In watching my nephew grow and develop I have often returned to a thought I first had as a child when I began realizing that in addition to me and my (generally) smart friends there were other kids at school who fell on the other side of the bell curve, some quite far on the other side. To what degree does a disabled person recognize their difference as a disability? For those who are higher functioning, people with Down's Syndrome, for example, the difference is more accutely recognized and we know this because the individual is able to communicate their thoughts and feelings in a way we understand. For those with greater disabilities, though, this communication is less perfect and more guessing is required. In the case of my nephew, I think he probably knows we function differently and he seems at times frustrated he cannot do some things he wants, but if that frustration is related to an understanding of his disability or simply based upon his inability I can't tell. As the communication becomes less, for example as in Terri's case, at what point do we cease caring about their perceptions? The whole "I wouldn't want to live like that" argument rests upon the assumption that should you be in her condition you would be aware of the difference between what you once were and what you had become, an assumption that is completely unfounded and without basis.
So what I really see in the Terri Schiavo matter is an assumption of non-personhood based upon a lack of communication. While we may agree that a kitten or puppy does not posess self awareness like a human we would still shy away from purposefully withdrawing nutrition and hydration simply because it could effectively communicate its discomfort and its desire to live. Terri, in the eyes of the court, can do neither and is therefore not afforded the same consideration.
I wonder, based upon this precedent, what would be the difference between this and if my sister just stopped putting food in her son's feeding tube? In both cases the legal guardian would have made a decision that the disabled person was better off dead. And neither disabled person is in a position to effectively argue otherwise. Once we cross this Rubicon what other non-terminal situations could conceivable merit withdrawal of nutrition and hydration? In the absence of clear evidence the action is in compliance with Terri's wishes, the witholding of nurishment and hydration from an otherwise physically healthy person feels too much like passing a death sentance against one simply felt to be less than human and therefore one whose life is of lower value and importance. I have a severe discomfort with any government willing to make those decisions concerning its law abiding but disabled citizens.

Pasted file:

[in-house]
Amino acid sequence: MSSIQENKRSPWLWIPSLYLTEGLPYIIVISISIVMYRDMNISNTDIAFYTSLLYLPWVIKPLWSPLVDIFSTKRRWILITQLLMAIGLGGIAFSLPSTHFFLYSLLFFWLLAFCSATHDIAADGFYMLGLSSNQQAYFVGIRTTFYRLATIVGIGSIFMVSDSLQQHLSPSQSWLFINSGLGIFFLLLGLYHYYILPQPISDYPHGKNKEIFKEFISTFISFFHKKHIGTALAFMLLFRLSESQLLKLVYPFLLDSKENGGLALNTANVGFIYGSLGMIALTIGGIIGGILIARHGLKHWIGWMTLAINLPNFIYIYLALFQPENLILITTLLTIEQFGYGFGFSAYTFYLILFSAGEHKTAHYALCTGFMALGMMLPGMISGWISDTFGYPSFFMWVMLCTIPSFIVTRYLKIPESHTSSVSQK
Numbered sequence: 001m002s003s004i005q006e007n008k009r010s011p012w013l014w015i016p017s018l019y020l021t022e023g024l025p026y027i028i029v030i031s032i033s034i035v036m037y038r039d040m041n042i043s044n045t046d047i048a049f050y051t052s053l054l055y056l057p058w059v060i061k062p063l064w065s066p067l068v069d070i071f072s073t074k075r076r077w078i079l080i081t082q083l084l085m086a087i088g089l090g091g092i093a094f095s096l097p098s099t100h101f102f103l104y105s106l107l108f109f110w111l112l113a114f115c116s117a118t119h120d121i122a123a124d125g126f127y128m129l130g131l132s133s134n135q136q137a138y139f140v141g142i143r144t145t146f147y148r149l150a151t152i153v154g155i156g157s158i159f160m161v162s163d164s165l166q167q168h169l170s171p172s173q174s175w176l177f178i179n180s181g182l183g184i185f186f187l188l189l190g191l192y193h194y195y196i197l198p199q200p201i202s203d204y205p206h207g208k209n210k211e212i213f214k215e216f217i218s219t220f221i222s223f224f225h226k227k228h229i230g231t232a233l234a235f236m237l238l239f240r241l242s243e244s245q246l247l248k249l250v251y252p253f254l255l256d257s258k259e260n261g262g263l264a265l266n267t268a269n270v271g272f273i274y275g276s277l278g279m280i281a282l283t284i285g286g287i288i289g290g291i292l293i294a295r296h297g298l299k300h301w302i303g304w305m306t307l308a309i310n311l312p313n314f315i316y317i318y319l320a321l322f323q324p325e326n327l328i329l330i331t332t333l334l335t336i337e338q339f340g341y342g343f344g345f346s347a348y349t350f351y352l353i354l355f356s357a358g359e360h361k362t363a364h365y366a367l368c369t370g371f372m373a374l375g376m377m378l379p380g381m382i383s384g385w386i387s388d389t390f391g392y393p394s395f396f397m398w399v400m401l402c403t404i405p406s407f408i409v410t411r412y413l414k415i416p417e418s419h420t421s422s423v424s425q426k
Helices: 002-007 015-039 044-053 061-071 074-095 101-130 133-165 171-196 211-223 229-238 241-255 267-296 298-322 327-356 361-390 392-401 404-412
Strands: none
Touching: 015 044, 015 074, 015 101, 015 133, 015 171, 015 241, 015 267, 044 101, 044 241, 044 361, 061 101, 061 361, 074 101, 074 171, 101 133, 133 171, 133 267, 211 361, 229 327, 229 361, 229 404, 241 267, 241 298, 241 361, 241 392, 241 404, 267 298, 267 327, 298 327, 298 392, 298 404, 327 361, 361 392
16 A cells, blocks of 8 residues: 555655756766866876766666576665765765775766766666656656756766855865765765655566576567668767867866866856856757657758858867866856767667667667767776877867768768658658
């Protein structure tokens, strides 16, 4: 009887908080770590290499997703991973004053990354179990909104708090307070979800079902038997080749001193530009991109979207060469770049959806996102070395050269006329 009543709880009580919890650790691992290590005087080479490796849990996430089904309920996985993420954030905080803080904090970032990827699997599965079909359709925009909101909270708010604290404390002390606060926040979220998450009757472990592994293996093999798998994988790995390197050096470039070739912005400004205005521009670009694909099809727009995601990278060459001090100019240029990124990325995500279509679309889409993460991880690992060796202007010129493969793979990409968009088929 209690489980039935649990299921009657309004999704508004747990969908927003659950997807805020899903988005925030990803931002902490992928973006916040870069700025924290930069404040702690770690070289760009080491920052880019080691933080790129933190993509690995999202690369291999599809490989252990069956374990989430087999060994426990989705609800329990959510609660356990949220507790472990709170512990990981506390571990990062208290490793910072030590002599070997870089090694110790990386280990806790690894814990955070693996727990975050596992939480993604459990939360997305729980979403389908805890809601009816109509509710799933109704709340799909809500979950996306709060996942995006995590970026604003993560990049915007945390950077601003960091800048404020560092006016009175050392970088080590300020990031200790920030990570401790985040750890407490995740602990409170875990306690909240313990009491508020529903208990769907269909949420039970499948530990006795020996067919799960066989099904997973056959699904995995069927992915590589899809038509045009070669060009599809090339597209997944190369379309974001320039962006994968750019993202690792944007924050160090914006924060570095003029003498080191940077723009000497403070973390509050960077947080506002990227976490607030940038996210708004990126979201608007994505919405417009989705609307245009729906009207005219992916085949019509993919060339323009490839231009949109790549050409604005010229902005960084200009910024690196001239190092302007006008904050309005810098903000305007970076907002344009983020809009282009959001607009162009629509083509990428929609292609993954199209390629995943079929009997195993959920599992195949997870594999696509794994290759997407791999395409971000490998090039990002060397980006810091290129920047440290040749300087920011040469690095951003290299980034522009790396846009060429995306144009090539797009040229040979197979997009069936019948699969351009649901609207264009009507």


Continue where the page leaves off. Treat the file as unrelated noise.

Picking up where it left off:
Tuesday, March 22, 2005
I've done a bit of reading (including this Wired article) and this is really a kind-of Frankenstein monster melding of a pyramid scheme with a marketing tool. The way it works is that you go to the link and sign up for a promotional offer (i.e. the marketing part) and if you can get five more people to do the same (i.e. the pyramid part) they'll send you the iPod. I signed up for some home improvement thing for a $1 one-month trial membership. Since it comes with a $20 Lowe's gift card it should be a net gain. After 7 days I'm supposed to get iPod credit and then I can cancel (if I forget it's $8.99/month, so I'd better not forget). Other offers included the omnipresent BMG and Columbia record clubs, a couple of 0% credit cards and a free 30-day eFax trial.
So, the bottom line is that if this looks like something you'd like to try (or if you have five friends you think you can convince to help you get a nice present), give a click. It doesn't have to cost you anything. If you don't want to, that's cool too. I wanted to give it a try but just didn't want to come off like some of those other wankers who beg for PayPal tips simply for doing something they enjoy.
Arrgh: "THE STUDY DOES NOT COUNT CIVILIANS! It estimates excess deaths. It does not distinguish between combatant and non combatant."In this light, if one takes into account the size of Saddam's army and the unmerciful pounding dished out upon those who did not desert whole scale, the 100,000 estimate may not be far off. We haven't talked about it much, largely because we don't want to look like cruel bullies, but we literally erased entire divisions in the charge to Baghdad. We applied the first rule of war-fighting and killed the other guy before he could kill us, and we did it extremely well.